This is a guest post by Time Manager collaborator and Python expert, Ariadni-Karolina Alexiou.
Today we’re going to look at how to visualize the error bounds of a GPS trace in time. The goal is to do an in-depth visual exploration using QGIS and Time Manager in order to learn more about the data we have.
We have a file that contains GPS locations of an object in time, which has been created by a GPS tracker. The tracker also keeps track of the error covariance matrix for each point in time, that is, what confidence it has in the measurements it gives. Here is what the file looks like:
Error Covariance Matrix
What are those sd* fields? According to the manual: The estimated standard deviations of the solution assuming a priori error model and error parameters by the positioning options. What it basically means is that the real GPS location will be located no further than three standard deviations across north and east from the measured location, most of (99.7%) the time. A way to represent this visually is to create an ellipse that maps this area of where the real location can be.
An ellipse can be uniquely defined from the lengths of the segments a and b and its rotation angle. For more details on how to get those ellipse parameters from the covariance matrix, please see the footnote.
Ground truth data
We also happen to have a file with the actual locations (also in longitudes and latitudes) of the object for the same time frame as the GPS (also in seconds), provided through another tracking method which is more accurate in this case.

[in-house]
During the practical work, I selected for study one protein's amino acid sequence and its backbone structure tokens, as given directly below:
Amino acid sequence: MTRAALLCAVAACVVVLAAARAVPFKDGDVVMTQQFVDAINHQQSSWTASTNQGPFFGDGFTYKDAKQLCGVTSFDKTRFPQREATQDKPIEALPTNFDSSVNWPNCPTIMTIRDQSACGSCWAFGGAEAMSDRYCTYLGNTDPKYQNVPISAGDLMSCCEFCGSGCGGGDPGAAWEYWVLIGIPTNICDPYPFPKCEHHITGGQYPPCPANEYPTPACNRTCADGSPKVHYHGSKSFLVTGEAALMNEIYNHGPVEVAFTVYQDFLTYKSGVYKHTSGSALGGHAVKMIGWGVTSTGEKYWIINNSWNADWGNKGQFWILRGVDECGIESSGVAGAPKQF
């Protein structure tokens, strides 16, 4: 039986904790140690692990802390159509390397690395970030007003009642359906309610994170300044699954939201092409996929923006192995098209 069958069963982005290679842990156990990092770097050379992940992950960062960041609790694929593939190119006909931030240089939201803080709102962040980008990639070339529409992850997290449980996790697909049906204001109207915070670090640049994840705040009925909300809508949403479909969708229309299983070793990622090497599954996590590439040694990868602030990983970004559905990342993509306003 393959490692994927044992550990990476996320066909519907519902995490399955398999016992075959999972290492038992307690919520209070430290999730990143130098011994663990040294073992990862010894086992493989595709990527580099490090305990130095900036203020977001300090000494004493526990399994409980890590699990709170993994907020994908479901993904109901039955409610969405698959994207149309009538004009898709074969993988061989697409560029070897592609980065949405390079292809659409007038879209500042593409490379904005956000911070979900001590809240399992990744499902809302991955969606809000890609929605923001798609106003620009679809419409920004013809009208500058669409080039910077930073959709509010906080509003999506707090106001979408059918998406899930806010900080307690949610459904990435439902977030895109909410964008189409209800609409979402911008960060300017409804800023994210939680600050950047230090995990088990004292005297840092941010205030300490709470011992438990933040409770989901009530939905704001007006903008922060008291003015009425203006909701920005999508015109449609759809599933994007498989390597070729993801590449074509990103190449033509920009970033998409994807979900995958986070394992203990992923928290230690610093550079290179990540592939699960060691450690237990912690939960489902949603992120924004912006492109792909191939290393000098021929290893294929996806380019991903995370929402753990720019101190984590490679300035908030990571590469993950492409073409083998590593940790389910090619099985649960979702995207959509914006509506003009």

This is because, the object was me running on a rooftop in Zürich wearing several tracking devices (not just GPS), and I knew exactly which floor tiles I was hitting.
The goal is to explore, visually, the relationship between the GPS data and the actual locations in time. I hope to get an idea of the accuracy, and what can influence it.
Loading the GPS data into QGIS and Time Manager, we can indeed see the GPS locations vis-a-vis the actual locations in time.
Let’s see if the actual locations that were measured independently fall inside the ellipse coverage area. To do this, we need to use the covariance data to render ellipses.
Creating the ellipses
I considered using the ellipses marker from QGIS.
It is possible to switch from Millimeter to Map Unit and edit a data defined override for symbol width, height and rotation. Symbol width would be the a parameter of the ellipse, symbol height the b parameter and rotation simply the angle. The thing is, we haven’t computed any of these values yet, we just have the error covariance values in our dataset.
Because of the re-projections and matrix calculations inherent into extracting the a, b and angle of the error ellipse at each point in time, I decided to do this calculation offline using Python and relevant libraries, and then simply add a WKT text field with a polygon representation of the ellipse to the file I had. That way, the augmented data could be re-used outside QGIS, for example, to visualize using Leaflet or similar. I could have done a hybrid solution, where I calculated a, b and the angle offline, and then used the dynamic rendering capabilities of QGIS, as well.